This year, the Middle East and North Africa Climate Week (MENACW) is being held in Riyadh, Saudi Arabia, hosted by the government of the Kingdom of Saudi Arabia.
Running until the 12th October, the event is the second of four regional climate weeks in the lead-up to the UN COP28.
Bringing together policymakers, scientists, businesses and civil society, the event is an opportunity to discuss approaches to and progress on climate change, showcase the Kingdom’s climate initiatives, explore the challenges facing the region and stimulate regional action.
Speaking about hosting the event, HRH Prince Abdulaziz bin Salman, Saudi Arabia’s Minister of Energy, said: “We are pleased to host the second edition of MENA Climate Week in Riyadh, a sign of the Kingdom’s unwavering commitment to exploring all solutions to the climate challenges we currently face.”
Adding: “MENA Climate Week will explore advancing climate action and inclusive approaches including the Circular Carbon Economy approach which promotes the use of all available technologies, forms of energy and mitigation opportunities that would contribute to achieving climate goals.”
ESG Mena looks at some of the highlights, talking points and announcements from the event so far.
The global energy market’s position in the transition
In his formal address at the opening ceremony for MENA Climate Week, COP28 President Dr. Sultan Al Jaber, highlighted that regional wind and solar investments have grown over four times in the past decade, and projected they will double again in the next five years.
Further, Dr. Al Jaber called for global renewable energy capacity to triple, and energy efficiency to double by the end of the decade.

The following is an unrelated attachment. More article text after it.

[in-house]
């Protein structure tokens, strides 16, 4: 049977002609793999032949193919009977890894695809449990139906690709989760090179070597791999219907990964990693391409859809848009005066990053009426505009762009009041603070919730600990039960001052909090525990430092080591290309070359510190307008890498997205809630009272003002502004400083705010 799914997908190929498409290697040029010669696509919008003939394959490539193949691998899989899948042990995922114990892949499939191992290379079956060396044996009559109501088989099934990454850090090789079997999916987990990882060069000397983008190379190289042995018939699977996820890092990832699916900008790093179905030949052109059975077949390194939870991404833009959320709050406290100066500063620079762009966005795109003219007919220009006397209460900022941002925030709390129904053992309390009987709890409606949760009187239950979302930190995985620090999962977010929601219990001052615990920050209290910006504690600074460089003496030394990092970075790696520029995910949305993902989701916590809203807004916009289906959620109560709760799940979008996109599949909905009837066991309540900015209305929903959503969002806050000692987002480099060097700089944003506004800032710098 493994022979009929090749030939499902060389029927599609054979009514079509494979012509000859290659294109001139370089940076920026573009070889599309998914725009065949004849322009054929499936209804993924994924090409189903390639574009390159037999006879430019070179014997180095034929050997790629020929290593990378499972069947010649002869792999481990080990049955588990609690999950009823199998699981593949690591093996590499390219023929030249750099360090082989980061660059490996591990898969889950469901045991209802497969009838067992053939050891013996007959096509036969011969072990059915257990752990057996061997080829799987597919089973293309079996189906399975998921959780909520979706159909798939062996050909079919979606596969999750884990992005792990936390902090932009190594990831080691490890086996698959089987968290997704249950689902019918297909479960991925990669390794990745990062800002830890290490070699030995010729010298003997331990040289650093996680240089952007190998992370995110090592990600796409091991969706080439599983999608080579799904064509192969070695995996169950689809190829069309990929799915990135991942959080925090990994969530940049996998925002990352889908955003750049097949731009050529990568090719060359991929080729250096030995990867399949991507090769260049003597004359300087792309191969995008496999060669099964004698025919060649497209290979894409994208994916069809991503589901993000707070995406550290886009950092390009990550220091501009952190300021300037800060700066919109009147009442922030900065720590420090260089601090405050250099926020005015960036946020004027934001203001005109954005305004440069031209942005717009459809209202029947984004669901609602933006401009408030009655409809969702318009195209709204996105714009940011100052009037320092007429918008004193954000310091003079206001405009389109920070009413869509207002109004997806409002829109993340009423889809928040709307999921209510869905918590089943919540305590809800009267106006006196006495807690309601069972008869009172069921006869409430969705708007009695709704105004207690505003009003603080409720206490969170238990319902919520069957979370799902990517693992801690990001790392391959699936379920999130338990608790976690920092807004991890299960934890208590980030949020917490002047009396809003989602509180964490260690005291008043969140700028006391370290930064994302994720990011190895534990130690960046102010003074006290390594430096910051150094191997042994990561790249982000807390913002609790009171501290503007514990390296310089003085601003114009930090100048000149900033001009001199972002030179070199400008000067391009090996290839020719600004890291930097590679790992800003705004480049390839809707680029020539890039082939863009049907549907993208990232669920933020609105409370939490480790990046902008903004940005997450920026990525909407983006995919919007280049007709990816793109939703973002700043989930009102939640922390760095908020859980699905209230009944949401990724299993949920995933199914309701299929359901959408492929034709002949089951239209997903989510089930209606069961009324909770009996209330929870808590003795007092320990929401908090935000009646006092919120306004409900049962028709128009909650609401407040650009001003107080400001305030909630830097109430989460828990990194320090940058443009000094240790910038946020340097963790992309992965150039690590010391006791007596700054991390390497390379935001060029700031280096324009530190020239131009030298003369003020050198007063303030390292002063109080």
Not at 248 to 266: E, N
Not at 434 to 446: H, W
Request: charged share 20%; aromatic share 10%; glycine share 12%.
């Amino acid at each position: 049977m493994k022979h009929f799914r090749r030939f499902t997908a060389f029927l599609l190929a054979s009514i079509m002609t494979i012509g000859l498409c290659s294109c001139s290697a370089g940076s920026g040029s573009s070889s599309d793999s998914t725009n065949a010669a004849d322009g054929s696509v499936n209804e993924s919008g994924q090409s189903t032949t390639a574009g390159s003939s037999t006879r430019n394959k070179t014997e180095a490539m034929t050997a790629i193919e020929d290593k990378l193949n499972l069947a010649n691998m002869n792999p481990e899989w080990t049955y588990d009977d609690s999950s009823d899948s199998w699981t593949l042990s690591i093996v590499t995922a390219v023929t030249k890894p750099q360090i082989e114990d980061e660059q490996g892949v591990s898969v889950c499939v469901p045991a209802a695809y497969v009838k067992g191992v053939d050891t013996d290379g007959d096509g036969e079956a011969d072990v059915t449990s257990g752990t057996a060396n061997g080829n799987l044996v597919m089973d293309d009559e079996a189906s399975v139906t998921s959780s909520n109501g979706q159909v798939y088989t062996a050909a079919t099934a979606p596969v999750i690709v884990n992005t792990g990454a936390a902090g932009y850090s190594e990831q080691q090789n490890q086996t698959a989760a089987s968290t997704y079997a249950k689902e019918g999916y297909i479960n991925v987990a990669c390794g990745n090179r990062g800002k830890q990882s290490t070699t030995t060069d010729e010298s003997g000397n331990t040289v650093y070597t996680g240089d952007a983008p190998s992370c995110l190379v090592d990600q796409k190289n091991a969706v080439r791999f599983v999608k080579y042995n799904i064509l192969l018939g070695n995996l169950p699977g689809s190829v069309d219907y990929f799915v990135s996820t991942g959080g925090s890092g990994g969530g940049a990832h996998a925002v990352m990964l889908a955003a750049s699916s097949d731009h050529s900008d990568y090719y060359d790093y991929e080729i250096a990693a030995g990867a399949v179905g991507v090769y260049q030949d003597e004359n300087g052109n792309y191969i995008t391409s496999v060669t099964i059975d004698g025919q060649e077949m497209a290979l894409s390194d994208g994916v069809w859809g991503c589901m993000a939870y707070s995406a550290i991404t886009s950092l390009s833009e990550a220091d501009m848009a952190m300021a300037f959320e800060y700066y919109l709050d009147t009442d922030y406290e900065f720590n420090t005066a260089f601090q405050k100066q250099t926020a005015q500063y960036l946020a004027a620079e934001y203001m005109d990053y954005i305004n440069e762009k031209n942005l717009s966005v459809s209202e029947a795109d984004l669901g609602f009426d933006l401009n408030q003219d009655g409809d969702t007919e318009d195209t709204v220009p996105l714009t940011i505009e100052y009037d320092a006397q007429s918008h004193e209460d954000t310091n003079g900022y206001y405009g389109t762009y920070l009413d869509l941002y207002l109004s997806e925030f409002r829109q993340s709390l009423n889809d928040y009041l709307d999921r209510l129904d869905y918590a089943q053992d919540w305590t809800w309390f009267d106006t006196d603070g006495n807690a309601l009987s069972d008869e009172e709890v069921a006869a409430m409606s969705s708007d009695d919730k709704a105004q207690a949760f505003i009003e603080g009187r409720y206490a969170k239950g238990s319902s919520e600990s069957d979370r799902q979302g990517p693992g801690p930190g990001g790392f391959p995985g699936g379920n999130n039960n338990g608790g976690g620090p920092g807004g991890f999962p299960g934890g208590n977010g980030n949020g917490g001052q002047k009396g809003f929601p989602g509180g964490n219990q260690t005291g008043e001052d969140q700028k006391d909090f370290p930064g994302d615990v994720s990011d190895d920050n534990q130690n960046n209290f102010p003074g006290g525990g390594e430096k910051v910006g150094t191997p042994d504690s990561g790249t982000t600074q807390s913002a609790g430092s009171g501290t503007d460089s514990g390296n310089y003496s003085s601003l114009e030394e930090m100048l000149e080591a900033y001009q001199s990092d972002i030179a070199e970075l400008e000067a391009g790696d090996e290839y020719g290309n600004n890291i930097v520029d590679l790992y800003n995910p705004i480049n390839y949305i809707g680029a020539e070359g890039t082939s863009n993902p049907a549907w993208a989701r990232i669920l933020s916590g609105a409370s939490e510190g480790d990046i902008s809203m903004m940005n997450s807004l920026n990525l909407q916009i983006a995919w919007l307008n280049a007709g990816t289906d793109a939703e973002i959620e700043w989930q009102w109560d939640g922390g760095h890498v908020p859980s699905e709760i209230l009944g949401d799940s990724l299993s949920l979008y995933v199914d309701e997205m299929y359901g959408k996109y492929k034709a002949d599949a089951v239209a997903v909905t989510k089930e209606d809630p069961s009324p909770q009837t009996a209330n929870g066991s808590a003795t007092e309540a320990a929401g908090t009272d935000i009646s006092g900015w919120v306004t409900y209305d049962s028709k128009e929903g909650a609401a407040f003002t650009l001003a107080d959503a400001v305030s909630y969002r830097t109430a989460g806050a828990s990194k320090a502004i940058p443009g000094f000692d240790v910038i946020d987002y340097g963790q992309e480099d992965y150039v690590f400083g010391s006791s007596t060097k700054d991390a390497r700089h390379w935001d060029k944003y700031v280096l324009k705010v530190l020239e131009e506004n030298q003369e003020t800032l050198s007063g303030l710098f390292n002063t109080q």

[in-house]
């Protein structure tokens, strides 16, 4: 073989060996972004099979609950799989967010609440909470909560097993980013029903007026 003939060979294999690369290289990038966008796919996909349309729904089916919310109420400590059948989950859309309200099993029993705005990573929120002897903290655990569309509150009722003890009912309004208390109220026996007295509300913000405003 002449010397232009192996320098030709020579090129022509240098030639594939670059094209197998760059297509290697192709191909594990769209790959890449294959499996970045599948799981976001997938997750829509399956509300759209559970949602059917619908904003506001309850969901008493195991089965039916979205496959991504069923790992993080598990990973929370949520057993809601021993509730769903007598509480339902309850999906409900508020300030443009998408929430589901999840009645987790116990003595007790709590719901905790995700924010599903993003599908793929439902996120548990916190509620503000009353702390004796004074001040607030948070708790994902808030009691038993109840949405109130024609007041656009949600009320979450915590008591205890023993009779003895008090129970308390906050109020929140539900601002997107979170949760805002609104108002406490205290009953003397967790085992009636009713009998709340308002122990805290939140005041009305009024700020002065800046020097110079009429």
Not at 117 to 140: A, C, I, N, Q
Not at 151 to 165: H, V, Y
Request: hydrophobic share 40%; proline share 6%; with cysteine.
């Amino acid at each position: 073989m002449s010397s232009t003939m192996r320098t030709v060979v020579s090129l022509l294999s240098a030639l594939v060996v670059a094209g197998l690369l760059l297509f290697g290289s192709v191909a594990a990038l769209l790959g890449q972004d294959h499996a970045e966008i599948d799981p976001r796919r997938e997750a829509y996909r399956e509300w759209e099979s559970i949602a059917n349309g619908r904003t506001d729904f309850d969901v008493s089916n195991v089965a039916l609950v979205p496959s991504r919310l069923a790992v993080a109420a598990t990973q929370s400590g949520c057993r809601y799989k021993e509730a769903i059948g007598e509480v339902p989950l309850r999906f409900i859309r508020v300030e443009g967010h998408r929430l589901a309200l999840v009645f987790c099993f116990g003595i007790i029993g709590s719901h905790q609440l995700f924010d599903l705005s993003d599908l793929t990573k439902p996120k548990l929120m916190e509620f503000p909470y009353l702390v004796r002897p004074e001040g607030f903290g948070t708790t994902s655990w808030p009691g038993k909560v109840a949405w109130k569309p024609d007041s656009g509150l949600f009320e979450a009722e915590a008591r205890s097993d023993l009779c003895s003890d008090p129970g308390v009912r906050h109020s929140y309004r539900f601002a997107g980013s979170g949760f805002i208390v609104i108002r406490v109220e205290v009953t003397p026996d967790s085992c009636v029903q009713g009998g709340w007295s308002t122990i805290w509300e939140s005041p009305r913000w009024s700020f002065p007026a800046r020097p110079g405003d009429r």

During the event, on day two, there were also discussions from panellists on the current state of global energy markets and where they stand in their transition journey. Tasnee CEO Mutlaq Al-Morished, for example, on a panel discussing advancing decarbonisation in the petrochemical sector, said the market is not yet “mature enough” with regard to renewables – infrastructure was highlighted as a key challenge here.
Energy ministers from Saudi Arabia, the United Arab Emirates and Iraq, the three largest members of the Organization of Petroleum Exporting Countries (OPEC) also gathered at the event. On a panel, Suhail Al Mazrouei, the UAE’s Minister of Energy and Infrastructure, highlighted that as major hydrocarbon producers, the three countries have a “responsibility to the world” to provide the transition with enough hydrocarbon resources to ensure the transition occurs in a “responsibly priced manner.”
Elsewhere, the Saudi Press Agency quoted Al-Mazrouei as saying: “We cannot stop using the sources of energy we use today before we secure alternative, sustainable sources of energy for the future.”
Saudi Arabia’s Energy Minister Prince Abdulaziz bin Salman, meanwhile, said that the industry should not be “stigmatised,” and that the world still needs hydrocarbons.
Indeed, while Dr. Al Jaber has previously said that the phase-down of fossil fuels is “inevitable,” at the opening of Climate Week, he said: “We cannot unplug the energy system of today before we build the new system of tomorrow. It is simply not practical or possible.”
Adding: “We must separate facts from fiction, reality from fantasies, impact from ideology, and we must ensure that we avoid the traps of division and distraction.”
Inclusion within the energy transition has also been a key theme throughout the week, and there have been calls to ensure that the transition “doesn’t leave anyone behind.”
In other developments, on Sunday, oil ministers of Bahrain, Iraq, Kuwait, Oman, Saudi Arabia and the United Arab Emirates met on the sidelines of the event, where, according to the Saudi Press Agency (SPA), ministers “reiterated the willingness of the Declaration of Cooperation (DoC) countries to take additional measures at any time in their continued efforts to support market stability, building on the strong cohesion of the OPEC plus.”